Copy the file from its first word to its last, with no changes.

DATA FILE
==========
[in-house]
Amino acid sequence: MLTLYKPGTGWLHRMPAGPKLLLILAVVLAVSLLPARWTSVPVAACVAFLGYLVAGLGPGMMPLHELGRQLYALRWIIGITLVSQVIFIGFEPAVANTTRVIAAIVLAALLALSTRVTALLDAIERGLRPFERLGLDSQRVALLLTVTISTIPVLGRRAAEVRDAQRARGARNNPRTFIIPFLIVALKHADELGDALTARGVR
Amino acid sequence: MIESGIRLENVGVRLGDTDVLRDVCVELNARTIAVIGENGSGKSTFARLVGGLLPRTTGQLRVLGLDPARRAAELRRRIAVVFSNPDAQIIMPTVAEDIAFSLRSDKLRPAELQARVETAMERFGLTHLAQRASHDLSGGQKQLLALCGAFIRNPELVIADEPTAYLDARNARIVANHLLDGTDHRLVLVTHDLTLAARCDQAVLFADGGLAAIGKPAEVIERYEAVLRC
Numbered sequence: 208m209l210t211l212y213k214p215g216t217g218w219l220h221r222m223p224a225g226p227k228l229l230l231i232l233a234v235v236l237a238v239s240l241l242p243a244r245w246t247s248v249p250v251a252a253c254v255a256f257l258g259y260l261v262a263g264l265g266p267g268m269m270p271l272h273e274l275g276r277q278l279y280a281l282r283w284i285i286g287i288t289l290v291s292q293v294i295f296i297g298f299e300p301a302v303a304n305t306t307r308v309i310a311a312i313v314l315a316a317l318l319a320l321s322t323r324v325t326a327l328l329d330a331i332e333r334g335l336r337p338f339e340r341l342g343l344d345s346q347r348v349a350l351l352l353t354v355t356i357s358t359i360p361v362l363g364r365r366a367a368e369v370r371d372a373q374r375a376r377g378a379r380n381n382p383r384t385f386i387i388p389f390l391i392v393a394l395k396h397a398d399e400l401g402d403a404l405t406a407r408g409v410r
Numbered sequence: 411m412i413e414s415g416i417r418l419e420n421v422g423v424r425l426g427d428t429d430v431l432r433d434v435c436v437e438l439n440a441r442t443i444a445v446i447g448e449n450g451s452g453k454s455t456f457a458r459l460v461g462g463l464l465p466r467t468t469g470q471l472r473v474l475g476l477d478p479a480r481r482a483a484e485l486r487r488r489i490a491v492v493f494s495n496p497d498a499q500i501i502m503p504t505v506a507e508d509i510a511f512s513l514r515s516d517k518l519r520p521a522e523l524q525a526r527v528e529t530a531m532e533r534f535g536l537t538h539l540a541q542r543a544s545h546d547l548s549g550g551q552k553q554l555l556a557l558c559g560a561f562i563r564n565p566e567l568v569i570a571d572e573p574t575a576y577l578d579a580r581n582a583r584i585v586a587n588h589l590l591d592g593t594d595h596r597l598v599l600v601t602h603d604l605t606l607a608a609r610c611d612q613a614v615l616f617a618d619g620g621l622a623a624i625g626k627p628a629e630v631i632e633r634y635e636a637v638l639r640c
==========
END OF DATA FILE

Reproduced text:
[in-house]
Amino acid sequence: MLTLYKPGTGWLHRMPAGPKLLLILAVVLAVSLLPARWTSVPVAACVAFLGYLVAGLGPGMMPLHELGRQLYALRWIIGITLVSQVIFIGFEPAVANTTRVIAAIVLAALLALSTRVTALLDAIERGLRPFERLGLDSQRVALLLTVTISTIPVLGRRAAEVRDAQRARGARNNPRTFIIPFLIVALKHADELGDALTARGVR
Amino acid sequence: MIESGIRLENVGVRLGDTDVLRDVCVELNARTIAVIGENGSGKSTFARLVGGLLPRTTGQLRVLGLDPARRAAELRRRIAVVFSNPDAQIIMPTVAEDIAFSLRSDKLRPAELQARVETAMERFGLTHLAQRASHDLSGGQKQLLALCGAFIRNPELVIADEPTAYLDARNARIVANHLLDGTDHRLVLVTHDLTLAARCDQAVLFADGGLAAIGKPAEVIERYEAVLRC
Numbered sequence: 208m209l210t211l212y213k214p215g216t217g218w219l220h221r222m223p224a225g226p227k228l229l230l231i232l233a234v235v236l237a238v239s240l241l242p243a244r245w246t247s248v249p250v251a252a253c254v255a256f257l258g259y260l261v262a263g264l265g266p267g268m269m270p271l272h273e274l275g276r277q278l279y280a281l282r283w284i285i286g287i288t289l290v291s292q293v294i295f296i297g298f299e300p301a302v303a304n305t306t307r308v309i310a311a312i313v314l315a316a317l318l319a320l321s322t323r324v325t326a327l328l329d330a331i332e333r334g335l336r337p338f339e340r341l342g343l344d345s346q347r348v349a350l351l352l353t354v355t356i357s358t359i360p361v362l363g364r365r366a367a368e369v370r371d372a373q374r375a376r377g378a379r380n381n382p383r384t385f386i387i388p389f390l391i392v393a394l395k396h397a398d399e400l401g402d403a404l405t406a407r408g409v410r
Numbered sequence: 411m412i413e414s415g416i417r418l419e420n421v422g423v424r425l426g427d428t429d430v431l432r433d434v435c436v437e438l439n440a441r442t443i444a445v446i447g448e449n450g451s452g453k454s455t456f457a458r459l460v461g462g463l464l465p466r467t468t469g470q471l472r473v474l475g476l477d478p479a480r481r482a483a484e485l486r487r488r489i490a491v492v493f494s495n496p497d498a499q500i501i502m503p504t505v506a507e508d509i510a511f512s513l514r515s516d517k518l519r520p521a522e523l524q525a526r527v528e529t530a531m532e533r534f535g536l537t538h539l540a541q542r543a544s545h546d547l548s549g550g551q552k553q554l555l556a557l558c559g560a561f562i563r564n565p566e567l568v569i570a571d572e573p574t575a576y577l578d579a580r581n582a583r584i585v586a587n588h589l590l591d592g593t594d595h596r597l598v599l600v601t602h603d604l605t606l607a608a609r610c611d612q613a614v615l616f617a618d619g620g621l622a623a624i625g626k627p628a629e630v631i632e633r634y635e636a637v638l639r640c